–“Not health, not care, and certainly not reform.” Olbermann on MSNBC’s Countdown just did a terrific commentary on H.R. 3590. Sad but true. There’s a lot to be sad and true about.

Olbermann also did a really good quick version of political handling, advising Harry Reid to put the public option back in, put the Medicare buy-in back in, and let Lieberman be the one to commit suicide instead of Reid and senate Dems.

Sounds like good advice.

Olbermann also advised President Obama, with quintessential accuracy, that whatever he does is going to ignite the right–so he might as well move the way he wants to. Moving the way they (ostensibly) want him to is going nowhere, politically or otherwise.

Again, good advice. It is tempting to wonder whether anyone in the White House is giving advice equally good, anyone at all; but I don’t want to waste time speculating about personalities. Yet.

Olbermann also had among guests Rep. Anthony Weiner (D-N.Y.), crisp and clear as usual. It is generally reassuring when a politician can actually speak well and can be forceful and sufficiently energetic without getting offensive.

To continue the political thought enunciated by Olbermann: You have already given them enough rope, Mr. President; the GOP and
Lieberman have conclusively proven that bipartisanship is not going to
happen. Cooperation is not going to happen. There was never even the
proverbial ‘honeymoon.’ Get the legislation wished by the people who
elected you, not by the insurance industry.

Back to the Countdown special comment on the health care bill as currently proposed: sadly, Olbermann is right. We just cannot have a mandate forcing Americans to buy porous insurance that doesn’t insure, without strong competition from a public option, without expansion of Medicare, without federal and state insurance regulation with teeth in it. We just cannot have that. “Transfer of wealth” says it best.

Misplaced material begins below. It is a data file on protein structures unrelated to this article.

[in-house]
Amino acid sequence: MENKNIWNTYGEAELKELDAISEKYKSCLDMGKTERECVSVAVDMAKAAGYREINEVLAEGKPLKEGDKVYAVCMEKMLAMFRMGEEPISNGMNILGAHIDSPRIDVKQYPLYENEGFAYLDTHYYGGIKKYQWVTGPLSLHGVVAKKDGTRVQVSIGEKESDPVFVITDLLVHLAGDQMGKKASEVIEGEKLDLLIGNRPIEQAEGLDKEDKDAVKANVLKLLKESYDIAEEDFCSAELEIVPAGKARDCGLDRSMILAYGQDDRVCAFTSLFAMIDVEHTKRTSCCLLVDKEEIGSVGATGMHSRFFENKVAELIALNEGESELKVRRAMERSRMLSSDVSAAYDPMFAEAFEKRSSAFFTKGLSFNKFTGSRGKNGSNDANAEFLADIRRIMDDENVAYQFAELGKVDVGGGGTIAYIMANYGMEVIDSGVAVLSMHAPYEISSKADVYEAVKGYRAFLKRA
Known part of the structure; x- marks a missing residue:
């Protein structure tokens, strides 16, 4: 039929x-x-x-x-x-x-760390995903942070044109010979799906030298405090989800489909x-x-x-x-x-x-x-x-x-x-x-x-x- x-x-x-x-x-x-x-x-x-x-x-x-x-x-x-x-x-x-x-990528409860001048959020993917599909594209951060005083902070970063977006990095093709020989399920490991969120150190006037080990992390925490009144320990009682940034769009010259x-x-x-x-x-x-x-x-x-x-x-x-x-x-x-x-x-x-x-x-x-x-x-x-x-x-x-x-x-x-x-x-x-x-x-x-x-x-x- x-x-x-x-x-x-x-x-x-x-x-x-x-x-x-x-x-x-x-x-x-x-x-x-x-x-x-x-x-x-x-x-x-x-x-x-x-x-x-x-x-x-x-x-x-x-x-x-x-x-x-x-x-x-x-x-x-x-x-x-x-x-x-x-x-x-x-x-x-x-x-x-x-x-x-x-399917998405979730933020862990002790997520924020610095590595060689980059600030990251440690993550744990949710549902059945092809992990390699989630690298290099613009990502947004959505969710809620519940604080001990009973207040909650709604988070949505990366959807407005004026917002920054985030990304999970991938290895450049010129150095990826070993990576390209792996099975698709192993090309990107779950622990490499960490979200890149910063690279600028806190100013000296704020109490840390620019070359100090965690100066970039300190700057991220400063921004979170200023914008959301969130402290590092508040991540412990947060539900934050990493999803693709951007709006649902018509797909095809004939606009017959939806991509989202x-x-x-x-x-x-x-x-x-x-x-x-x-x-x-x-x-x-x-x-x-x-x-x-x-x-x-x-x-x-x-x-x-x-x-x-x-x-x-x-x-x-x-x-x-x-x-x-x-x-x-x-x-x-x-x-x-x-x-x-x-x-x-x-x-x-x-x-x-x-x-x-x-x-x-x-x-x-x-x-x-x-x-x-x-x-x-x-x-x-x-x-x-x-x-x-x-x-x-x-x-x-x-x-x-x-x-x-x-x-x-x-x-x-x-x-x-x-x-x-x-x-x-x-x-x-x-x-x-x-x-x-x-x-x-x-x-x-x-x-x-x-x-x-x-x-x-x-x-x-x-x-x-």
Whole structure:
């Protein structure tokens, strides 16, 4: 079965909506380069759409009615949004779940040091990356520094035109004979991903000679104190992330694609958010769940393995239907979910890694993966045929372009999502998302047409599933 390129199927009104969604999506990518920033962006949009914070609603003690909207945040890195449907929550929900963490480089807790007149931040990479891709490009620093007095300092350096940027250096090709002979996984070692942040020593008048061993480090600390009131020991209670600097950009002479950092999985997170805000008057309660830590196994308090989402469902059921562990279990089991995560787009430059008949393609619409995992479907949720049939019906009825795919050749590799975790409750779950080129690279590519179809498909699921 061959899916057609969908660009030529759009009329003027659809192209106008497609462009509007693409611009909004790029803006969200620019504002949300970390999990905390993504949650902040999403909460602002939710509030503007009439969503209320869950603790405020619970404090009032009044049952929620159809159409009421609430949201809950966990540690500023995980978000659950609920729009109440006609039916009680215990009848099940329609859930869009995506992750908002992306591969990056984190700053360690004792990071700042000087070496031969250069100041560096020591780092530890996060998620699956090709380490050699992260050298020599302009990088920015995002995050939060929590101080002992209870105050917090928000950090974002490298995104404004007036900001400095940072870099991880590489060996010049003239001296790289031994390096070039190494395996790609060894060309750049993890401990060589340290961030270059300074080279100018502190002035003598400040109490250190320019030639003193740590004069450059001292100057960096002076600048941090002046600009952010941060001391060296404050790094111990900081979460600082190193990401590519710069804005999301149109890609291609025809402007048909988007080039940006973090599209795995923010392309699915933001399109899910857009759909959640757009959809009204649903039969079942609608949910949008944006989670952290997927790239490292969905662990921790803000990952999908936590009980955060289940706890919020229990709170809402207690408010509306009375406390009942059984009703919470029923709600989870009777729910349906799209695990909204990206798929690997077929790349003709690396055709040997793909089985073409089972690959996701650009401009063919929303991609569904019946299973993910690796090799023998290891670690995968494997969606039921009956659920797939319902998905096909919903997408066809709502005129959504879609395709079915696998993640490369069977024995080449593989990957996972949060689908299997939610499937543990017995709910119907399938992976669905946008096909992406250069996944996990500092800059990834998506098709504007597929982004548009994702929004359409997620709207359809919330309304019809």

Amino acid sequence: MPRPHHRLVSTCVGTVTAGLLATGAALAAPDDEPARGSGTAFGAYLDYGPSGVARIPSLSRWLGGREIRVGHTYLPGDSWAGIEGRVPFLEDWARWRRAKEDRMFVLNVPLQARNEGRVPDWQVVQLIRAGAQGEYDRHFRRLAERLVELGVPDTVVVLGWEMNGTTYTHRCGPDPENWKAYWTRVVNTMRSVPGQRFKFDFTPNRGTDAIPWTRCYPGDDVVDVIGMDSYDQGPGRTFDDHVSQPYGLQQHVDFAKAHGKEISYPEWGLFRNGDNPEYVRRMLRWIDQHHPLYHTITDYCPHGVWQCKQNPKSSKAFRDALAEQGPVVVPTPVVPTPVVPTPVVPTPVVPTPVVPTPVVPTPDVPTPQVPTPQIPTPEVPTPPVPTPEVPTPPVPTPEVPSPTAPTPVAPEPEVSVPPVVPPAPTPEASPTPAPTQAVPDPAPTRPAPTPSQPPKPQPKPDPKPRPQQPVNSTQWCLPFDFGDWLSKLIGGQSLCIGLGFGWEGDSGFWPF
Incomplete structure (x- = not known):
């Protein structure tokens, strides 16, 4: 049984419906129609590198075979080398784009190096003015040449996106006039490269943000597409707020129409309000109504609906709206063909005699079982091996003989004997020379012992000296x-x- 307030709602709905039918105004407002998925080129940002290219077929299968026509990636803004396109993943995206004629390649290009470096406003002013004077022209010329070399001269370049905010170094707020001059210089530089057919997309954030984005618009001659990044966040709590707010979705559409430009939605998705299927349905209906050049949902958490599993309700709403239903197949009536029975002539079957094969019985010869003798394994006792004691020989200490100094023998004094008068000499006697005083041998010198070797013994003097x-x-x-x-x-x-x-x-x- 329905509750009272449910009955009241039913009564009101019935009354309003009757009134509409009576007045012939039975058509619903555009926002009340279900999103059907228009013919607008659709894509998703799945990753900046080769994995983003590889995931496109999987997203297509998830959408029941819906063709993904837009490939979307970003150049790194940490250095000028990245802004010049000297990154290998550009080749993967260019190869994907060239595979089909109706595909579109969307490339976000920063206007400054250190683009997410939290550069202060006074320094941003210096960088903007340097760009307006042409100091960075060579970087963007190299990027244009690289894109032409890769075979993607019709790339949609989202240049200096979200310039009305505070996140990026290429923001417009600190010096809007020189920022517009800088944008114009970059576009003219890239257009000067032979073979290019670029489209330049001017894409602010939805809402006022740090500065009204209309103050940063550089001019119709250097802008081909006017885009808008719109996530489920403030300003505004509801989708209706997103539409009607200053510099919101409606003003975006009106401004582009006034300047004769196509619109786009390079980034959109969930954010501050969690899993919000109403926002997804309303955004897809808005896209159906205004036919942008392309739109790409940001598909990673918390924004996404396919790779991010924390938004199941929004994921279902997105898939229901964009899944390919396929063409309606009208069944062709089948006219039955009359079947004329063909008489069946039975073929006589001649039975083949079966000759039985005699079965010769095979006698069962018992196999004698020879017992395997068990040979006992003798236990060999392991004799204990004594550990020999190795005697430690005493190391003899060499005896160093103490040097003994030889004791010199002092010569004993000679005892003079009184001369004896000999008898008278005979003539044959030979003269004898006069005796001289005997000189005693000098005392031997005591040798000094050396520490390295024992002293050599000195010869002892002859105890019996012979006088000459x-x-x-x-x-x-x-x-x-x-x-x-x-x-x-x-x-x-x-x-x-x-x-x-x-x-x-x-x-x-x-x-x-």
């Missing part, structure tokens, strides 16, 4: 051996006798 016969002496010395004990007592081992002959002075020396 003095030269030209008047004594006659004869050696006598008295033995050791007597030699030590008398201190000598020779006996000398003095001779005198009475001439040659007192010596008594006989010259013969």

This is not to underestimate the obstacles. Some of the broader problems are out there, not to be missed by any observer: the largest media outlets tend to skew pro-corporate and are seemingly incapable of reporting factually on issues such as insurance abuses; the remains of the GOP are dug in, tossing off any ludicrous statement that will get them ink and air time, regardless of destruction; etc.

But solving the problems caused by a horrendous redistribution of wealth upward in previous years will not happen by accelerating the unjust and arbitrary transfer of wealth. The U.S. tax burden was mainly shifted away from the immensely wealthy to the middle class and the working poor years ago. The tax burden was also disproportionately shifted away from corporations to individuals, and onto states and localities. We do not need to fine people for declining to pay 17 percent of their income–according to estimates–to insurance companies that currently are not even held to account clearly for the net/profit on which they should be paying taxes.

This entry was posted in Blog. Bookmark the permalink.

Leave a Reply

Your email address will not be published. Required fields are marked *